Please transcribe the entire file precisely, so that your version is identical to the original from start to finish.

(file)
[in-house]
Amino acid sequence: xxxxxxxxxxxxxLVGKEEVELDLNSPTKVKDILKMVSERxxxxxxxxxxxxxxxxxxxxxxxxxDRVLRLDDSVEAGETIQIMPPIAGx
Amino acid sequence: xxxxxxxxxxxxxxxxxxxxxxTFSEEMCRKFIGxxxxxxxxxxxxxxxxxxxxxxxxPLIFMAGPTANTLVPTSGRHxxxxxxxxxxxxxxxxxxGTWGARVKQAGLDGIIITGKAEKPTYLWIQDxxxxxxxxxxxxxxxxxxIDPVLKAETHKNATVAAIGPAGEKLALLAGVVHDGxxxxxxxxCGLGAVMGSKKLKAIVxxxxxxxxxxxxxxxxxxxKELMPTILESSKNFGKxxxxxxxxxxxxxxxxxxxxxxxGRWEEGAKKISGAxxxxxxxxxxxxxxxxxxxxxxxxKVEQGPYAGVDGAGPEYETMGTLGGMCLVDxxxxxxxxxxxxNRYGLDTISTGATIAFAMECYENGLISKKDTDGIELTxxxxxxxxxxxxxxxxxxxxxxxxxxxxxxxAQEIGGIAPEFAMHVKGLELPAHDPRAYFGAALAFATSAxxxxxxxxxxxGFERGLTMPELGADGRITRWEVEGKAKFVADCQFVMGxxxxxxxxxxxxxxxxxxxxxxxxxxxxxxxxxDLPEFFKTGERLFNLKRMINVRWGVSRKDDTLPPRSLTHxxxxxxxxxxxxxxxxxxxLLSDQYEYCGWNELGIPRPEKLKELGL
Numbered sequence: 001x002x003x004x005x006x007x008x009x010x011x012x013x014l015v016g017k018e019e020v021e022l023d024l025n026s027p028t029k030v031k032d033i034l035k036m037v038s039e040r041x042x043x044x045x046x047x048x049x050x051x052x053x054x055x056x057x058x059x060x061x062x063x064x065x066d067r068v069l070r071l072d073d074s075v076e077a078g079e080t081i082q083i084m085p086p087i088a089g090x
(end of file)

[in-house]
Amino acid sequence: xxxxxxxxxxxxxLVGKEEVELDLNSPTKVKDILKMVSERxxxxxxxxxxxxxxxxxxxxxxxxxDRVLRLDDSVEAGETIQIMPPIAGx
Amino acid sequence: xxxxxxxxxxxxxxxxxxxxxxTFSEEMCRKFIGxxxxxxxxxxxxxxxxxxxxxxxxPLIFMAGPTANTLVPTSGRHxxxxxxxxxxxxxxxxxxGTWGARVKQAGLDGIIITGKAEKPTYLWIQDxxxxxxxxxxxxxxxxxxIDPVLKAETHKNATVAAIGPAGEKLALLAGVVHDGxxxxxxxxCGLGAVMGSKKLKAIVxxxxxxxxxxxxxxxxxxxKELMPTILESSKNFGKxxxxxxxxxxxxxxxxxxxxxxxGRWEEGAKKISGAxxxxxxxxxxxxxxxxxxxxxxxxKVEQGPYAGVDGAGPEYETMGTLGGMCLVDxxxxxxxxxxxxNRYGLDTISTGATIAFAMECYENGLISKKDTDGIELTxxxxxxxxxxxxxxxxxxxxxxxxxxxxxxxAQEIGGIAPEFAMHVKGLELPAHDPRAYFGAALAFATSAxxxxxxxxxxxGFERGLTMPELGADGRITRWEVEGKAKFVADCQFVMGxxxxxxxxxxxxxxxxxxxxxxxxxxxxxxxxxDLPEFFKTGERLFNLKRMINVRWGVSRKDDTLPPRSLTHxxxxxxxxxxxxxxxxxxxLLSDQYEYCGWNELGIPRPEKLKELGL
Numbered sequence: 001x002x003x004x005x006x007x008x009x010x011x012x013x014l015v016g017k018e019e020v021e022l023d024l025n026s027p028t029k030v031k032d033i034l035k036m037v038s039e040r041x042x043x044x045x046x047x048x049x050x051x052x053x054x055x056x057x058x059x060x061x062x063x064x065x066d067r068v069l070r071l072d073d074s075v076e077a078g079e080t081i082q083i084m085p086p087i088a089g090x